In New Zealand, we have a Mixed Member Proportional system.

Voters have two votes. The electorate vote is used to vote for a candidate to represent their electorate. This vote is determined on a first past the post basis: the candidate with the most electorate votes, for that electorate, gets the electorate seat.

The party vote is a vote for a party and is used to determine the proportional make up of the total seats in parliament. E.g., if a party gets 30% of the party vote, then they should hold 30% of the seats. If less seats were earned through the electorates than the number of seats earned by the party vote, then the difference is made up of list seats.

Example: There are 100 seats in parliament. There are 90 electorates. The Red Party wins 10 electorates, and earns 12% of the party vote. They will be represented in parliament by 10 electorate MPs and 2 list MPs.

There's an additional complication of overhang seats. Overhang seats occur when a party earns more seats through electorates than they do through party votes. In this case, there will be extra seats in parliament.

So for example, if Red Party earns 10 electorate seats but only 5% of the party vote, they will be represented in parliament by 10 electorate MPs and parliament will have 105 members.

The question is – what prevents a party from gaming this overhang dynamic by splitting the party into two, one party to attract party votes and one party to gain electorate votes, and instructing their supporters to vote accordingly?

For example, if the Red Party splits to the Dark Red Party and Light Red Party. The Dark Red Party wins 10 electorate seats and 0% of the party vote, and so is represented by 10 electorate MPs. The Light Red Party wins 0 electorate seats and 10% of the party vote, and so is represented by 10 list MPs. This effectively doubles the party's representation in parliament.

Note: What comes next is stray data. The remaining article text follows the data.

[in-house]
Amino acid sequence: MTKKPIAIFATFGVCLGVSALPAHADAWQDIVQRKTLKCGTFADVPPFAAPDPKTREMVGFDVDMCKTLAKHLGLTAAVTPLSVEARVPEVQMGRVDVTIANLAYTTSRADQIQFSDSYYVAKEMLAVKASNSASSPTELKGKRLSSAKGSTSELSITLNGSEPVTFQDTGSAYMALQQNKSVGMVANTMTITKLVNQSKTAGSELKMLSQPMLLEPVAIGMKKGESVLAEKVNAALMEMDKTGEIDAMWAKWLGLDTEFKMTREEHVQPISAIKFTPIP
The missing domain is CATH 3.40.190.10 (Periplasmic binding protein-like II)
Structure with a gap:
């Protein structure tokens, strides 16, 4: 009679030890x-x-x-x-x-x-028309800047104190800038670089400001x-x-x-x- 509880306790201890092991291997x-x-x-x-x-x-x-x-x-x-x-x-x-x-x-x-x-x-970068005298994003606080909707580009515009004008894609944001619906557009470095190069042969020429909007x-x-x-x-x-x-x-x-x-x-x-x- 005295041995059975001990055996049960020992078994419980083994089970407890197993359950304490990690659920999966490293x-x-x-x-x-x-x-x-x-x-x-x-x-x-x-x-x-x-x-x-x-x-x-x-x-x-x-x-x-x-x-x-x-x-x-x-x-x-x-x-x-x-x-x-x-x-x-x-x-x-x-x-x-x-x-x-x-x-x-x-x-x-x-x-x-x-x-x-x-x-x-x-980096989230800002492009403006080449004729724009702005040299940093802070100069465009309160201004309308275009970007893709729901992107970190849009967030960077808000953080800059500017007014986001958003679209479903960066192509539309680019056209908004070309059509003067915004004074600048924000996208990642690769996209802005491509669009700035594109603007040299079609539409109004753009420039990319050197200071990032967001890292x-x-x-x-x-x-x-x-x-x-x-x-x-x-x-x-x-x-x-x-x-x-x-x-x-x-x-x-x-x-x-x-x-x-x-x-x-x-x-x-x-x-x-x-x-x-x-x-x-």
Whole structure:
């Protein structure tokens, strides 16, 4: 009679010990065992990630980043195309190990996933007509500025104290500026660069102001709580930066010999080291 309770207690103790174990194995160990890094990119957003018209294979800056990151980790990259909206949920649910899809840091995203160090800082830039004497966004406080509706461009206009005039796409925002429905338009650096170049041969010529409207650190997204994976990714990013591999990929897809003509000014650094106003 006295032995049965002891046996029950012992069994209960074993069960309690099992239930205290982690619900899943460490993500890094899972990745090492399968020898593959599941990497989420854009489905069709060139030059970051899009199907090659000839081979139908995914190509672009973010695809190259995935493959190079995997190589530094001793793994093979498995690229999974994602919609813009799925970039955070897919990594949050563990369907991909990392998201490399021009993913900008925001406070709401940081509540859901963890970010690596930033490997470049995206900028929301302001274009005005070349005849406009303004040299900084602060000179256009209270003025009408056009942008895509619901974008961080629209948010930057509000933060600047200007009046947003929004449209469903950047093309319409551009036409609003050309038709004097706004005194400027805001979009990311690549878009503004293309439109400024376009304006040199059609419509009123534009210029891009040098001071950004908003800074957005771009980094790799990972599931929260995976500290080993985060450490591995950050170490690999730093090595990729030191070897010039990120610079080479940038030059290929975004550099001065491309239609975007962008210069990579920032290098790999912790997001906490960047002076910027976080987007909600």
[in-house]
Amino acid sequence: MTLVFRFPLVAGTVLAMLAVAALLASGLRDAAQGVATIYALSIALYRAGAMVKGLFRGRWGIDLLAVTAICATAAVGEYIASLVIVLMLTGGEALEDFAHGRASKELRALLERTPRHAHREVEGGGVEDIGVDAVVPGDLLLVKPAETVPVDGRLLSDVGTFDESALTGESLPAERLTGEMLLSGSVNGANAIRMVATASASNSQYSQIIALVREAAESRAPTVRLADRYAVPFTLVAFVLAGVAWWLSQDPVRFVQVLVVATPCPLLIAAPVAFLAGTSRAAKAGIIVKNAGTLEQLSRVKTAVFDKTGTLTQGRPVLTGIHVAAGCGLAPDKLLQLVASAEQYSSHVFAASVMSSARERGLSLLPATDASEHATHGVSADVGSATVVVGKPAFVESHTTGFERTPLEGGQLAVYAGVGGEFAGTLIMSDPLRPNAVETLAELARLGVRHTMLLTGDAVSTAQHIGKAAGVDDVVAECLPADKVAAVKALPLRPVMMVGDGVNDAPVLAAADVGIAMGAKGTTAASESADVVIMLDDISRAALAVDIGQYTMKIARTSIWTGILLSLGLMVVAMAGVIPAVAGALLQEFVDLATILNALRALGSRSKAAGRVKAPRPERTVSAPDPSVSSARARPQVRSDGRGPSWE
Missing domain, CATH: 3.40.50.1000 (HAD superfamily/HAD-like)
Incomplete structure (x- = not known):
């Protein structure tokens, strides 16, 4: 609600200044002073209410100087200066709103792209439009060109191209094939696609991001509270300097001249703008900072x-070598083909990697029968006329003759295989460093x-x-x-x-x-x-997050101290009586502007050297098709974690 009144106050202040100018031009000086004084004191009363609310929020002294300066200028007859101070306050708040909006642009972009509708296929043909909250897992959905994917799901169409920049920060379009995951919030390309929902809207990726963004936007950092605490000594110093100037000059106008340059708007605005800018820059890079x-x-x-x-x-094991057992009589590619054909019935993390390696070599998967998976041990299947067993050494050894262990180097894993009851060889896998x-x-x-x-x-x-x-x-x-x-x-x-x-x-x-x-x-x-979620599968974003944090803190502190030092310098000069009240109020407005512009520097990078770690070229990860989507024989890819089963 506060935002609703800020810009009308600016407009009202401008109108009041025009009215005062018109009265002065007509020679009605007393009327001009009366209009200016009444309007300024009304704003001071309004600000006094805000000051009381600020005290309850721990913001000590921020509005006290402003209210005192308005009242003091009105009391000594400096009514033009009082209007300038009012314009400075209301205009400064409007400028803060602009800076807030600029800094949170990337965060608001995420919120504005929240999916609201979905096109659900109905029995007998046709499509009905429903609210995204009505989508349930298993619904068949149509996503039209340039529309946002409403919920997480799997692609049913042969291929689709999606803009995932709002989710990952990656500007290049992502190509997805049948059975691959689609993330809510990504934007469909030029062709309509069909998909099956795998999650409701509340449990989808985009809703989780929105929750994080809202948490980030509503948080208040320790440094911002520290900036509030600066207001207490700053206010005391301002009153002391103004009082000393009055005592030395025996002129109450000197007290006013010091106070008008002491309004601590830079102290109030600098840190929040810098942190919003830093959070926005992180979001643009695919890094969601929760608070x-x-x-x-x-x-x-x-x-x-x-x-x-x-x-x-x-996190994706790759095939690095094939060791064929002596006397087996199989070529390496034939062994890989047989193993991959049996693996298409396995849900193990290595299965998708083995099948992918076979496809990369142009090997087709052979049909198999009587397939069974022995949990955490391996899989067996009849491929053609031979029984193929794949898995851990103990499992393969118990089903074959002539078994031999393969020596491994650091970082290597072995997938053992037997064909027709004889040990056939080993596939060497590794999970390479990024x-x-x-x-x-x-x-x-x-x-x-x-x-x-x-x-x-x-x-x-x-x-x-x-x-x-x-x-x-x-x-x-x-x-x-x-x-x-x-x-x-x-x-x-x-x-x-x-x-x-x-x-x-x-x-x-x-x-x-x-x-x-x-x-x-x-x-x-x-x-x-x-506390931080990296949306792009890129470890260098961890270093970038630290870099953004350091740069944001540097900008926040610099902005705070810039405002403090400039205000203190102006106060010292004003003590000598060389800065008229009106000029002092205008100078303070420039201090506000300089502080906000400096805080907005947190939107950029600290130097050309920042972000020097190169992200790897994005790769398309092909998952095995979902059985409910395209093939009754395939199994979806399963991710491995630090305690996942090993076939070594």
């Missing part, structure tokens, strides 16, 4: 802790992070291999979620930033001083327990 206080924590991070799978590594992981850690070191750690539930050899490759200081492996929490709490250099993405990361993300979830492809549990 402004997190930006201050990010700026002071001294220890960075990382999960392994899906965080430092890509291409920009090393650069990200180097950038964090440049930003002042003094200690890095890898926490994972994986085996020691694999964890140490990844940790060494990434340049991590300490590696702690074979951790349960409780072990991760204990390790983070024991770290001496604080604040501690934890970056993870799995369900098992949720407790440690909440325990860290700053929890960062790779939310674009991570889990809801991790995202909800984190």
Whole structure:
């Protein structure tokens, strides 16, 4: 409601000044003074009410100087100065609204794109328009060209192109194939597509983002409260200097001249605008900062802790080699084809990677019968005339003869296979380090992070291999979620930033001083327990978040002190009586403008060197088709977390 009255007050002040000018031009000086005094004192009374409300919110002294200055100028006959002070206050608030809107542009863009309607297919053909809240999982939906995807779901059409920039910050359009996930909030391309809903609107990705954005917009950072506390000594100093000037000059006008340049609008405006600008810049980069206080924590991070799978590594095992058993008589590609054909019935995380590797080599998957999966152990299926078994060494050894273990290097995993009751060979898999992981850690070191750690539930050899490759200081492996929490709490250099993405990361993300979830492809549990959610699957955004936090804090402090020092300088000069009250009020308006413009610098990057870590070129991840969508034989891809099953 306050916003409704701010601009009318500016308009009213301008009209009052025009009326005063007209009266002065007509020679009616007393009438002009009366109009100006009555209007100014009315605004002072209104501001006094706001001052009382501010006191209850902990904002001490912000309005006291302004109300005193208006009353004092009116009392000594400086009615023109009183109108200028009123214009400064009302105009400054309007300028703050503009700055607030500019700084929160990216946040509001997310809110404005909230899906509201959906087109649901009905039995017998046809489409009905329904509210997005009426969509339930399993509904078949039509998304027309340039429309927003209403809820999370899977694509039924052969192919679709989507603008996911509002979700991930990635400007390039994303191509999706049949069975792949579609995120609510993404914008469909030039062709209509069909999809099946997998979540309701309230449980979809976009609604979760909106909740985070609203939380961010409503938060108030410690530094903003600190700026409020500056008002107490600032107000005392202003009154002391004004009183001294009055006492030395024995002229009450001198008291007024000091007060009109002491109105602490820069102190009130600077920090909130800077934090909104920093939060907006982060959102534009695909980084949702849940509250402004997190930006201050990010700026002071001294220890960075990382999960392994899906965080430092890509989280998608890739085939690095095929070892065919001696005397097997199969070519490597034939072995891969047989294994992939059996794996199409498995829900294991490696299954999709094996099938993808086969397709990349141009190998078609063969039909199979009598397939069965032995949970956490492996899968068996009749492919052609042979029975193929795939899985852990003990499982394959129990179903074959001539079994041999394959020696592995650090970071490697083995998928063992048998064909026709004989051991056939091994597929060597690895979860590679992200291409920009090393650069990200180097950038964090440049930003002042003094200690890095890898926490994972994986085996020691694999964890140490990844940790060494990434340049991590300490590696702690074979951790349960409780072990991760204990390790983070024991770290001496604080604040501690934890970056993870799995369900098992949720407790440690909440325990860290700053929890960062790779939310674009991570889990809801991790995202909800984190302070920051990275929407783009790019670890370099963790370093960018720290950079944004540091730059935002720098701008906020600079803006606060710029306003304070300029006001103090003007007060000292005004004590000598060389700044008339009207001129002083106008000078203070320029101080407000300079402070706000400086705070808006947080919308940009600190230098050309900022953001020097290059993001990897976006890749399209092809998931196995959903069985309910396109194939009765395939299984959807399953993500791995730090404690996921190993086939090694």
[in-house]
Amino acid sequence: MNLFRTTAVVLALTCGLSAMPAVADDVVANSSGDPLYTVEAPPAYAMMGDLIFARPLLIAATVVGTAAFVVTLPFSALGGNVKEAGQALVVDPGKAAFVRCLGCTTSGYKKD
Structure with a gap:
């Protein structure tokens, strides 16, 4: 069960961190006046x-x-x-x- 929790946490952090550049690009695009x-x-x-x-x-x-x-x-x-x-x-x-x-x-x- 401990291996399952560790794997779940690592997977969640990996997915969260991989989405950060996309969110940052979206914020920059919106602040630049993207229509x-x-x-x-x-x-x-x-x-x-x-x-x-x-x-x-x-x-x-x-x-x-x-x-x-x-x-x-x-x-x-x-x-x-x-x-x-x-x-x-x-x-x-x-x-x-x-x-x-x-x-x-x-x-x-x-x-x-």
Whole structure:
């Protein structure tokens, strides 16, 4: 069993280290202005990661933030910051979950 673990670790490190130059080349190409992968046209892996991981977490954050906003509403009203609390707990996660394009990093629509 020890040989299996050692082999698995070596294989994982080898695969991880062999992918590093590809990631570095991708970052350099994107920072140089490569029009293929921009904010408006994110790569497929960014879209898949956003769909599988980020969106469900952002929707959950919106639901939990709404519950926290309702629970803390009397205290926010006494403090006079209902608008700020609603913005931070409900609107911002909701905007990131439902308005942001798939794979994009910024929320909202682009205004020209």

I will note that in New Zealand gaming like this does happen to a limited extent - where the major parties may instruct voters in a particular electorate to give their electorate vote to a candidate from a minor party, who will often be the only person from that party represented in parliament. This is known as a 'cup of tea' deal - you can see details about when this has occurred here. Though what I'll note is that it's not as straight forward as just creating an overhang seat - New Zealand also has a complication where party vote thresholds are not required if you have an electorate member.

  • 2
    Great explination of the system, but as discribed it does appear that your recommended strategy would be optimal. Do you know the requirements to establish and maintain a new party? Maybe the Dark or Light party would lose party status under the scheme? Maybe people wouldn't understand or wouldn't agree to such an organized way to "cheat" a system that they value as having integrity?
    – Dan
    Commented Aug 5, 2014 at 22:29
  • @Dan Yeah I suspect that answer is amongst the things you've suggested. A few things: In New Zealand in some cases the major parties do instruct voters in specific electorates to not give their electorate vote to their candidate, but to give it to a supporting minor party's candidate. This is known as a 'cup of tea' deal. stuff.co.nz/national/politics/10320342/… (scroll down to the analysis section). However, it's odd that they major party will still run their own candidate. Perhaps it's a presence thing.
    – dwjohnston
    Commented Aug 5, 2014 at 22:53
  • 1
    Also, it's worth mentioning that this taking advantage of overhang only exists in certain versions of MMP, it can be mitigated by giving other parties extra seats to keep the proportions correct (see en.wikipedia.org/wiki/Overhang_seat)
    – dwjohnston
    Commented Aug 5, 2014 at 22:56
  • 2
    Here's another reason it doesn't happen: If one party did this, all rival parties would too, negating any benefit but adding a huge cost in terms of bureaucracy.
    – Cyrus
    Commented Mar 6, 2017 at 14:34
  • 1
    Germany has this too. And for multiple periods the politicians have been urged to reform the system such that this does not turn out to be so bad. This year we got one of the largest parliaments in the world. But I think that it will only continue because it benefits the parties in power. Commented Nov 20, 2017 at 8:41

3 Answers 3


This has actually happened.

Lesotho is one of the four or so countries to use the MMP system. In the 2007 general election, the ruling party voluntarily split in two, fielding only electorate candidates in one party and instructing their followers to vote for the other party for their list vote. They obtained something like 75% of the seats for only 52% of the votes.